Consulting the gods about your favourite blanket

Oracles were an important part of life in Greek cities of the Hellenistic and Roman periods.  Individuals, groups or communities went to locales such as Delphi, Didyma, and Claros to consult a god — in these cases the god Apollo — and to ask for guidance on various dilemnas or problems faced in their lives.  The questions asked could range from what we would consider quite important political decisions (should be go to war with this or that power?) or important health concerns (how can we conceive?) to what we would consider more mundane matters.  In reading Pierre Bonnechere’s chapter on “Divination” (A Companion to Greek Religion, p. 157) today I came across this inscriptional gem in which a man consults Zeus and Zeus’ wife, Dione, about some missing bedding:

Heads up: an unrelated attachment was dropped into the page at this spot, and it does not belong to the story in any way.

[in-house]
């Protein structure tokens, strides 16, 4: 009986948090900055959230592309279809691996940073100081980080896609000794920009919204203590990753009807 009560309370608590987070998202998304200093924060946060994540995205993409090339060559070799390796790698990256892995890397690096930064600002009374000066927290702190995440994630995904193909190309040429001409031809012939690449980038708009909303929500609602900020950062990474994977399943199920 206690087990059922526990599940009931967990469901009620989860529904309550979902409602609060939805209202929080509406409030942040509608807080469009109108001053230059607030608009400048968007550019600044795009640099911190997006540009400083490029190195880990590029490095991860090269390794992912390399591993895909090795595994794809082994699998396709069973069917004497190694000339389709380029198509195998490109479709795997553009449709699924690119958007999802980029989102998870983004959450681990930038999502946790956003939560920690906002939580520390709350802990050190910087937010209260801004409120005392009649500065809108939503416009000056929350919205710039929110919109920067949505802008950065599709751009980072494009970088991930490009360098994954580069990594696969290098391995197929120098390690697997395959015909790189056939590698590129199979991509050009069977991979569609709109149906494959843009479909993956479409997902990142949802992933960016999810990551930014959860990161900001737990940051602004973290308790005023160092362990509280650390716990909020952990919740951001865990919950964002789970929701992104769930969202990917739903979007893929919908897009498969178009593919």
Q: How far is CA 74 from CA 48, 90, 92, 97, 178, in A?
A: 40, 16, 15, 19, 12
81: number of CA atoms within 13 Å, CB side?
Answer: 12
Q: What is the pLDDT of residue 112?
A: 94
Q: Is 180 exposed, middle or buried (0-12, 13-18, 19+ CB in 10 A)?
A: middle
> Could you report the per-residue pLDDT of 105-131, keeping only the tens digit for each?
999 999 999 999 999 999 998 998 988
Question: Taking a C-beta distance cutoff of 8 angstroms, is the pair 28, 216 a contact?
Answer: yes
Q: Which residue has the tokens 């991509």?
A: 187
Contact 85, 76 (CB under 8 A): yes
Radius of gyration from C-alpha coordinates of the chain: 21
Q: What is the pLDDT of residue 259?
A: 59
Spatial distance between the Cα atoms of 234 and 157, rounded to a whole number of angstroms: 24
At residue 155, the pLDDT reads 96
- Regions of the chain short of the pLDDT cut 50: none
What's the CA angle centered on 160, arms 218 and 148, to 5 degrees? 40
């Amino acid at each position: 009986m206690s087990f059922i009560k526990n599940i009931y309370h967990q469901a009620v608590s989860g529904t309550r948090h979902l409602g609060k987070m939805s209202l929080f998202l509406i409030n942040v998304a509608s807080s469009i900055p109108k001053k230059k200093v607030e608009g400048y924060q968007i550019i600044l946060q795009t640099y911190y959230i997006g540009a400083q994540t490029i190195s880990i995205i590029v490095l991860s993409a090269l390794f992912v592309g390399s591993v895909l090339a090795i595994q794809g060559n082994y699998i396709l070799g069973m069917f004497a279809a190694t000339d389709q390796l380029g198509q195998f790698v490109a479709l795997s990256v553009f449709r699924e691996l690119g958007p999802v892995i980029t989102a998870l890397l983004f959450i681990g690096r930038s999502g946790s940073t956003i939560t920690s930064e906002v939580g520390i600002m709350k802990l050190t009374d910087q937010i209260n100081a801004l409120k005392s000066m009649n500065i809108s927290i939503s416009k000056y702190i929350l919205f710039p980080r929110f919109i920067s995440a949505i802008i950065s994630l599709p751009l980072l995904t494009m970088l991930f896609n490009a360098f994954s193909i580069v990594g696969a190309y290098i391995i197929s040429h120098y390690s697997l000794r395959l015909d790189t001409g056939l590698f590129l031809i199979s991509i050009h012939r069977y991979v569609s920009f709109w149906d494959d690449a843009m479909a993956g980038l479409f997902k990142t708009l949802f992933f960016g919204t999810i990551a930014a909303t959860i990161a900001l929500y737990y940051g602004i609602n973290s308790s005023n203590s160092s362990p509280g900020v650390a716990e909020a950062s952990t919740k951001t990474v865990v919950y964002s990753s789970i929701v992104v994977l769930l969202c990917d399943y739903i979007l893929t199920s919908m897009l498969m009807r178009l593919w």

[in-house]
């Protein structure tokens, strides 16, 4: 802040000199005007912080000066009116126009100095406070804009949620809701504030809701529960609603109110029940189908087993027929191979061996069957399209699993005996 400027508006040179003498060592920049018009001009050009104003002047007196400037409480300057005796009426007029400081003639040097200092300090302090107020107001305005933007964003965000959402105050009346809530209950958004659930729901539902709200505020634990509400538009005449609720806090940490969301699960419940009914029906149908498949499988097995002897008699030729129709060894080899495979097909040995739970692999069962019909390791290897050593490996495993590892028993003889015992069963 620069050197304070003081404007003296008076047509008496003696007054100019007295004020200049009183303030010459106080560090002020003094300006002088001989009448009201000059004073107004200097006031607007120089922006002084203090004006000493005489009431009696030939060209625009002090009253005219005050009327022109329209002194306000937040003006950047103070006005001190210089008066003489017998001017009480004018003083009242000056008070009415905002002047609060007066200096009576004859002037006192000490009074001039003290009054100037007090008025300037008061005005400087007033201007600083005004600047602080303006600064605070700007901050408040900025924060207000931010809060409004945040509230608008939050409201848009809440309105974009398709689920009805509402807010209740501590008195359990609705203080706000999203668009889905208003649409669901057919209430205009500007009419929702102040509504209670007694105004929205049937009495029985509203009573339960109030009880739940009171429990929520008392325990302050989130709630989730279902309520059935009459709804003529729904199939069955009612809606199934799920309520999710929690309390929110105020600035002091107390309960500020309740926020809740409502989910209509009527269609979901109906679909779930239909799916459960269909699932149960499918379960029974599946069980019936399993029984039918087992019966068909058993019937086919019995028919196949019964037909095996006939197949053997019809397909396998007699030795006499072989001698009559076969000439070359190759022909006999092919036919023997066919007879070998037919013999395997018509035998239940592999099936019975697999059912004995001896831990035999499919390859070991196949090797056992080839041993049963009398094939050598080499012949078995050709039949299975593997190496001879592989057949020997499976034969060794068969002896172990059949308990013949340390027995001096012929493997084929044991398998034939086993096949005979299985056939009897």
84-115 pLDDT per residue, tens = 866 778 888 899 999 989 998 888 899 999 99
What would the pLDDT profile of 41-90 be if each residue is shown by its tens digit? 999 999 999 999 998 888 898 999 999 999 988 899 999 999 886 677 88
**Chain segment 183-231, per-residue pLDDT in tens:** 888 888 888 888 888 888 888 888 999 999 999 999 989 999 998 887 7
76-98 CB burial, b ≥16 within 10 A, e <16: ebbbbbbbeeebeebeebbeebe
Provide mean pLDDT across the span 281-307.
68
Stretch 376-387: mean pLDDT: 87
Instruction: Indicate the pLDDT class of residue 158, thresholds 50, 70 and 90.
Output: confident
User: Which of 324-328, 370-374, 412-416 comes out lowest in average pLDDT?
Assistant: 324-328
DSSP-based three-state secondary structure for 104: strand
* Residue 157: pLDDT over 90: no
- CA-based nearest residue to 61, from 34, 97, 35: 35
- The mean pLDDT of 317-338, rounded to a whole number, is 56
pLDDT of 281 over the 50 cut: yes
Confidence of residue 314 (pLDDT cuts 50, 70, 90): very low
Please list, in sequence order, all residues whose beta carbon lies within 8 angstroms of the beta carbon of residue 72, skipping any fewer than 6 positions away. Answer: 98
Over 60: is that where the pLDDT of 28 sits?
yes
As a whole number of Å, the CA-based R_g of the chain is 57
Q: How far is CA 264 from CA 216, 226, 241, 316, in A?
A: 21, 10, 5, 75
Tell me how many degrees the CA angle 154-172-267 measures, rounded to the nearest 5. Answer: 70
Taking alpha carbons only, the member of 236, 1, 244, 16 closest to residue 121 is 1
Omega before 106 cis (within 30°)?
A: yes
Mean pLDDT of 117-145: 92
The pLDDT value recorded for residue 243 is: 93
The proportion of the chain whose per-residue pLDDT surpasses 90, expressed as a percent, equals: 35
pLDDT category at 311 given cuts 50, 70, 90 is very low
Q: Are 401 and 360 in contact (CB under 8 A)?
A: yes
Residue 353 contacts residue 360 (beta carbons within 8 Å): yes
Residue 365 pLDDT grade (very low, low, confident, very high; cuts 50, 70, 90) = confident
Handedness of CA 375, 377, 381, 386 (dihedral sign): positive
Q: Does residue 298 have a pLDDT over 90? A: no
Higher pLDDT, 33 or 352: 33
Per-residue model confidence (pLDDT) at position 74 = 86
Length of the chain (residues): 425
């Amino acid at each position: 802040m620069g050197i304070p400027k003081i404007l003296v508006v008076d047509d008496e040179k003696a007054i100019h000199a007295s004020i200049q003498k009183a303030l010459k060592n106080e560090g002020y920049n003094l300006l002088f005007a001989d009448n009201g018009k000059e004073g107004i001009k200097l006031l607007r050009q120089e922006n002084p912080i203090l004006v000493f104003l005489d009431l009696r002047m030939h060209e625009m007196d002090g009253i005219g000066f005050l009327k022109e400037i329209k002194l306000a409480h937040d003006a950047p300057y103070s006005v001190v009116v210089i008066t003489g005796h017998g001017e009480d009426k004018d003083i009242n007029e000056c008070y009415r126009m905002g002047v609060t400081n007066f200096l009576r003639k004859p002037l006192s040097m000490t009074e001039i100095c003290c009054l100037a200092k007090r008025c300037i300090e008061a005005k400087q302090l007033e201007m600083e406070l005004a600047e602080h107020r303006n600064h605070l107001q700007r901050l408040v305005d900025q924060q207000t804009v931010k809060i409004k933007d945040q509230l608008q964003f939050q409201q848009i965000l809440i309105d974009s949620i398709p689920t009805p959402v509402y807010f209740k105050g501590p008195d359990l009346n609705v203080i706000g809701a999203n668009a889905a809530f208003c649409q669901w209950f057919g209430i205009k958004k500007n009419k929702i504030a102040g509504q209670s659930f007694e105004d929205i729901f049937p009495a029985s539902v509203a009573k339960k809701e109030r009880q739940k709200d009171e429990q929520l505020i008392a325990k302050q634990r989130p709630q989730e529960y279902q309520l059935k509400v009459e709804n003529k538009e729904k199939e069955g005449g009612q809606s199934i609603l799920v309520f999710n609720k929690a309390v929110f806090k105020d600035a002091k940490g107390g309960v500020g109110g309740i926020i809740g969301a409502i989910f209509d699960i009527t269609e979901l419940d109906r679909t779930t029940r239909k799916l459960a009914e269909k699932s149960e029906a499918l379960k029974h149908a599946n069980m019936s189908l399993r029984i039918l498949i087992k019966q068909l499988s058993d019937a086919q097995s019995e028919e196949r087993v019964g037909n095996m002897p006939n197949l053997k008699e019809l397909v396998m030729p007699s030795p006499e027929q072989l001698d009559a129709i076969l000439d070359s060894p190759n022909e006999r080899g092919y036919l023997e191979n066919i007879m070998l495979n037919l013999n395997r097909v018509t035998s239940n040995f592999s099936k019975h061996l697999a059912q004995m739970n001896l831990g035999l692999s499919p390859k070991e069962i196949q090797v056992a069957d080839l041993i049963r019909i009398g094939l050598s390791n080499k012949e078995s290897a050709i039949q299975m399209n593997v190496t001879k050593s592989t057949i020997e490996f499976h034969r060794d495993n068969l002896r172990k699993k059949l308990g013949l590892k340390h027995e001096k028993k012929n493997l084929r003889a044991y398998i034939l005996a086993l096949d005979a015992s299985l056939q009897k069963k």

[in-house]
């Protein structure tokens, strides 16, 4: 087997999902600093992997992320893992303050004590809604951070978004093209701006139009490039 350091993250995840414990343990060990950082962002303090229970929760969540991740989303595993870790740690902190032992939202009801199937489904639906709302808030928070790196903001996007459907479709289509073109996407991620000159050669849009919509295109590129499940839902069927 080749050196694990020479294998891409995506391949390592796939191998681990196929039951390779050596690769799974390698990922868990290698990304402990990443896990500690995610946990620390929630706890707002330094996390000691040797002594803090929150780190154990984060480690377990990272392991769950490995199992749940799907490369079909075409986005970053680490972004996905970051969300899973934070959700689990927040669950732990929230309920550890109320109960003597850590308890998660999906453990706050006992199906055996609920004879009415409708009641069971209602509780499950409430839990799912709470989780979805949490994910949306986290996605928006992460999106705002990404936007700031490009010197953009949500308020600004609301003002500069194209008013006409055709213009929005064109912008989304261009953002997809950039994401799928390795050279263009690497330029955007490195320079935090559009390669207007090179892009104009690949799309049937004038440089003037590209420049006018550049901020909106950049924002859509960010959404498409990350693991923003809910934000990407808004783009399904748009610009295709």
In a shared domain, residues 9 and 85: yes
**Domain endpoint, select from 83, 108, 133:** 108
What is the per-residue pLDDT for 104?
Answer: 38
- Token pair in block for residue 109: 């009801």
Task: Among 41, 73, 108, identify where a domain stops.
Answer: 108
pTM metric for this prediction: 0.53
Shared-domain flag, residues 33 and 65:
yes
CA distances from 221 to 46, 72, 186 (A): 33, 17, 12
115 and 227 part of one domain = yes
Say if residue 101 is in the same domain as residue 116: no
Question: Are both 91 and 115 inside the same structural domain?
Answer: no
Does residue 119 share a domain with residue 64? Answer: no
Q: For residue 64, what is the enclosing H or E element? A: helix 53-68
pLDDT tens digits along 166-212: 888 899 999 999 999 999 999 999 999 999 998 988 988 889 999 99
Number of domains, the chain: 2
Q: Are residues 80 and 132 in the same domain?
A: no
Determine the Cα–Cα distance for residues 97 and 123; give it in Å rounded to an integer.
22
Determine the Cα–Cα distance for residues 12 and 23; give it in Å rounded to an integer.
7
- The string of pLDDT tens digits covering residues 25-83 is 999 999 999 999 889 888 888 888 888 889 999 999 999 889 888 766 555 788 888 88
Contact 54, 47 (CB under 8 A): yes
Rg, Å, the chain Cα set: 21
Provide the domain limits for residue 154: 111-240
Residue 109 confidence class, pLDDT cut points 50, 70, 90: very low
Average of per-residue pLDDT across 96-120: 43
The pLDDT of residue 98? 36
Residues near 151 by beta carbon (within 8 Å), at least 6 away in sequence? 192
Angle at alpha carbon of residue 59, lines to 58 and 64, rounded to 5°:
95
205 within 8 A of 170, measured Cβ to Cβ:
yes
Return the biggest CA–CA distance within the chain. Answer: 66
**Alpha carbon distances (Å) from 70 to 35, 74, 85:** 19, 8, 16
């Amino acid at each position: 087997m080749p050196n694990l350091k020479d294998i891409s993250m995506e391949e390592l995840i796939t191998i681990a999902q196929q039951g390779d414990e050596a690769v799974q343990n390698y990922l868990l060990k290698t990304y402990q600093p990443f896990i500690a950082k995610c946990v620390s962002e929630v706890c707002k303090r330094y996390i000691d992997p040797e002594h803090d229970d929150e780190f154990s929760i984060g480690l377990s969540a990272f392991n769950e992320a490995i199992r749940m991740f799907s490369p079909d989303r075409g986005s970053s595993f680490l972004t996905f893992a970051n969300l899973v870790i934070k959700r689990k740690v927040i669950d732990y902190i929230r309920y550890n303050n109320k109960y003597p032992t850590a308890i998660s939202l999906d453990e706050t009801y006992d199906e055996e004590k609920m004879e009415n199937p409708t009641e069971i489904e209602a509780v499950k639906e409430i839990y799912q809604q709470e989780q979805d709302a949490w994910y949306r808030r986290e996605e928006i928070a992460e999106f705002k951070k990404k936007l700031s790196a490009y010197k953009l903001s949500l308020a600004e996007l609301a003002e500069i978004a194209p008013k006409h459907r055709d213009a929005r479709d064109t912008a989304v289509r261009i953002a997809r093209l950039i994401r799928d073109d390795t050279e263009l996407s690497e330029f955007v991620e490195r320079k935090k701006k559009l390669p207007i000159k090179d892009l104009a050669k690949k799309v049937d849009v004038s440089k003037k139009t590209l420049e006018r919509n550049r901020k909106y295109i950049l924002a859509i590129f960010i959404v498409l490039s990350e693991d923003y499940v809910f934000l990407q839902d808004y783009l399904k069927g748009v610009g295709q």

“Agis asks Zeus Naios and Dione about his blankets and pillows, whether he has lost them or whether someone else has stolen them” (SIG, 3rd edition 1163).

3 thoughts on “Consulting the gods about your favourite blanket

  1. Brandon W

    Of course the answer to that question could have major moral ramifications. I would hate to be a member of his household if the oracle declares the blanket stolen! :-)

  2. Brandon W

    No, you should blame someone for stealing your gloves, because right after you publicly blame someone, you find where you accidentally lost them! At least that’s how it usually goes for me. :-)

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